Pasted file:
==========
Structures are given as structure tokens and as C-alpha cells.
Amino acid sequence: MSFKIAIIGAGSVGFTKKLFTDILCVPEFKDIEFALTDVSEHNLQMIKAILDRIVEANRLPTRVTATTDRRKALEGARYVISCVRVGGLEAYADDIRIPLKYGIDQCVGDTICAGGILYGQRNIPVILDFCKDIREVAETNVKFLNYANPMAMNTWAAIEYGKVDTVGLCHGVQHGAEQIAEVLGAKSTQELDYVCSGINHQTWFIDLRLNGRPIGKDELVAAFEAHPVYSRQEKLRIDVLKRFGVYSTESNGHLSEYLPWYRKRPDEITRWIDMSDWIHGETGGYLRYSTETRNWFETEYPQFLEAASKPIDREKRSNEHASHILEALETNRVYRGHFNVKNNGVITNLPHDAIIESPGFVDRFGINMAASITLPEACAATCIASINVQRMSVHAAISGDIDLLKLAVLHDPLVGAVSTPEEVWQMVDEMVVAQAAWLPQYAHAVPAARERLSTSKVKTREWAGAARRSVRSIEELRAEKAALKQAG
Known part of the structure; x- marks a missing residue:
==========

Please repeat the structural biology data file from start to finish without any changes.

Structures are given as structure tokens and as C-alpha cells.
Amino acid sequence: MSFKIAIIGAGSVGFTKKLFTDILCVPEFKDIEFALTDVSEHNLQMIKAILDRIVEANRLPTRVTATTDRRKALEGARYVISCVRVGGLEAYADDIRIPLKYGIDQCVGDTICAGGILYGQRNIPVILDFCKDIREVAETNVKFLNYANPMAMNTWAAIEYGKVDTVGLCHGVQHGAEQIAEVLGAKSTQELDYVCSGINHQTWFIDLRLNGRPIGKDELVAAFEAHPVYSRQEKLRIDVLKRFGVYSTESNGHLSEYLPWYRKRPDEITRWIDMSDWIHGETGGYLRYSTETRNWFETEYPQFLEAASKPIDREKRSNEHASHILEALETNRVYRGHFNVKNNGVITNLPHDAIIESPGFVDRFGINMAASITLPEACAATCIASINVQRMSVHAAISGDIDLLKLAVLHDPLVGAVSTPEEVWQMVDEMVVAQAAWLPQYAHAVPAARERLSTSKVKTREWAGAARRSVRSIEELRAEKAALKQAG
Known part of the structure; x- marks a missing residue: